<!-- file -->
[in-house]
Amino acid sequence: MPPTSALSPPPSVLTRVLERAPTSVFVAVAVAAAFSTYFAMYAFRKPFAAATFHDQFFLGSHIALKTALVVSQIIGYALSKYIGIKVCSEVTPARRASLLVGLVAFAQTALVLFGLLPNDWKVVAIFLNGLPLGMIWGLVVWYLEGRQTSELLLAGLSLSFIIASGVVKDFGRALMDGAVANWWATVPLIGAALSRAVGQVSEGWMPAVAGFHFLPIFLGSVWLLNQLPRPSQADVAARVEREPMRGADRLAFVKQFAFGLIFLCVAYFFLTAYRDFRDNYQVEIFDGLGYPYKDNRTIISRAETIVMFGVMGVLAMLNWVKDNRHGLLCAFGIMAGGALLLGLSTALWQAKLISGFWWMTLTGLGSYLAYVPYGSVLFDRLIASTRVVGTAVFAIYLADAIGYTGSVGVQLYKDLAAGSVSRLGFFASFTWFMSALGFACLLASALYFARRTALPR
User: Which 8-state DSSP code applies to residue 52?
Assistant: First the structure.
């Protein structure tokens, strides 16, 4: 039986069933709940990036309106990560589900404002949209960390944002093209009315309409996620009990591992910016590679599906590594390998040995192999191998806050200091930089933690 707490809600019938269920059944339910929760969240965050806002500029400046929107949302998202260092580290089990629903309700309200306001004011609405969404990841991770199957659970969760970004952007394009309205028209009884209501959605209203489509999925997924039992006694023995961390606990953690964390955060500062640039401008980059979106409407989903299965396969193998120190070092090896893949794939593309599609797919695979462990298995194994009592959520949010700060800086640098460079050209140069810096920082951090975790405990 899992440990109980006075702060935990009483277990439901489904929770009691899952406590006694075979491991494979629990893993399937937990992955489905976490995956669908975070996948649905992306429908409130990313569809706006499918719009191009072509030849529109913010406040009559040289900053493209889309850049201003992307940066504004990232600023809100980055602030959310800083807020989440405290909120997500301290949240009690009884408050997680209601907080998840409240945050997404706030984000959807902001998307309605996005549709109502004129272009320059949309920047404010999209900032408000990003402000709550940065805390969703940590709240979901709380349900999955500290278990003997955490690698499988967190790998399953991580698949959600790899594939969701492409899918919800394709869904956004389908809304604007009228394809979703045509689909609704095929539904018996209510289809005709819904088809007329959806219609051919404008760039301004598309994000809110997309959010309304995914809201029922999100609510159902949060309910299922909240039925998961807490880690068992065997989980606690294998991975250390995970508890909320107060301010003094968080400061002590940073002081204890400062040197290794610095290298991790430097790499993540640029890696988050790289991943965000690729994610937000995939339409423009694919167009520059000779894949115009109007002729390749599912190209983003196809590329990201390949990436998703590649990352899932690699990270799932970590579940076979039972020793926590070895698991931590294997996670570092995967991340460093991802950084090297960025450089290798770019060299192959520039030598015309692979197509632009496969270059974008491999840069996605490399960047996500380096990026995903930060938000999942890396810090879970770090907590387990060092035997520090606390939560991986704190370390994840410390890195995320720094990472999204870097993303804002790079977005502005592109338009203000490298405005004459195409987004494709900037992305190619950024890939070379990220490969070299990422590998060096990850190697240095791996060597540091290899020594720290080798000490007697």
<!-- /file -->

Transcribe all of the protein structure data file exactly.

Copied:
[in-house]
Amino acid sequence: MPPTSALSPPPSVLTRVLERAPTSVFVAVAVAAAFSTYFAMYAFRKPFAAATFHDQFFLGSHIALKTALVVSQIIGYALSKYIGIKVCSEVTPARRASLLVGLVAFAQTALVLFGLLPNDWKVVAIFLNGLPLGMIWGLVVWYLEGRQTSELLLAGLSLSFIIASGVVKDFGRALMDGAVANWWATVPLIGAALSRAVGQVSEGWMPAVAGFHFLPIFLGSVWLLNQLPRPSQADVAARVEREPMRGADRLAFVKQFAFGLIFLCVAYFFLTAYRDFRDNYQVEIFDGLGYPYKDNRTIISRAETIVMFGVMGVLAMLNWVKDNRHGLLCAFGIMAGGALLLGLSTALWQAKLISGFWWMTLTGLGSYLAYVPYGSVLFDRLIASTRVVGTAVFAIYLADAIGYTGSVGVQLYKDLAAGSVSRLGFFASFTWFMSALGFACLLASALYFARRTALPR
User: Which 8-state DSSP code applies to residue 52?
Assistant: First the structure.
């Protein structure tokens, strides 16, 4: 039986069933709940990036309106990560589900404002949209960390944002093209009315309409996620009990591992910016590679599906590594390998040995192999191998806050200091930089933690 707490809600019938269920059944339910929760969240965050806002500029400046929107949302998202260092580290089990629903309700309200306001004011609405969404990841991770199957659970969760970004952007394009309205028209009884209501959605209203489509999925997924039992006694023995961390606990953690964390955060500062640039401008980059979106409407989903299965396969193998120190070092090896893949794939593309599609797919695979462990298995194994009592959520949010700060800086640098460079050209140069810096920082951090975790405990 899992440990109980006075702060935990009483277990439901489904929770009691899952406590006694075979491991494979629990893993399937937990992955489905976490995956669908975070996948649905992306429908409130990313569809706006499918719009191009072509030849529109913010406040009559040289900053493209889309850049201003992307940066504004990232600023809100980055602030959310800083807020989440405290909120997500301290949240009690009884408050997680209601907080998840409240945050997404706030984000959807902001998307309605996005549709109502004129272009320059949309920047404010999209900032408000990003402000709550940065805390969703940590709240979901709380349900999955500290278990003997955490690698499988967190790998399953991580698949959600790899594939969701492409899918919800394709869904956004389908809304604007009228394809979703045509689909609704095929539904018996209510289809005709819904088809007329959806219609051919404008760039301004598309994000809110997309959010309304995914809201029922999100609510159902949060309910299922909240039925998961807490880690068992065997989980606690294998991975250390995970508890909320107060301010003094968080400061002590940073002081204890400062040197290794610095290298991790430097790499993540640029890696988050790289991943965000690729994610937000995939339409423009694919167009520059000779894949115009109007002729390749599912190209983003196809590329990201390949990436998703590649990352899932690699990270799932970590579940076979039972020793926590070895698991931590294997996670570092995967991340460093991802950084090297960025450089290798770019060299192959520039030598015309692979197509632009496969270059974008491999840069996605490399960047996500380096990026995903930060938000999942890396810090879970770090907590387990060092035997520090606390939560991986704190370390994840410390890195995320720094990472999204870097993303804002790079977005502005592109338009203000490298405005004459195409987004494709900037992305190619950024890939070379990220490969070299990422590998060096990850190697240095791996060597540091290899020594720290080798000490007697």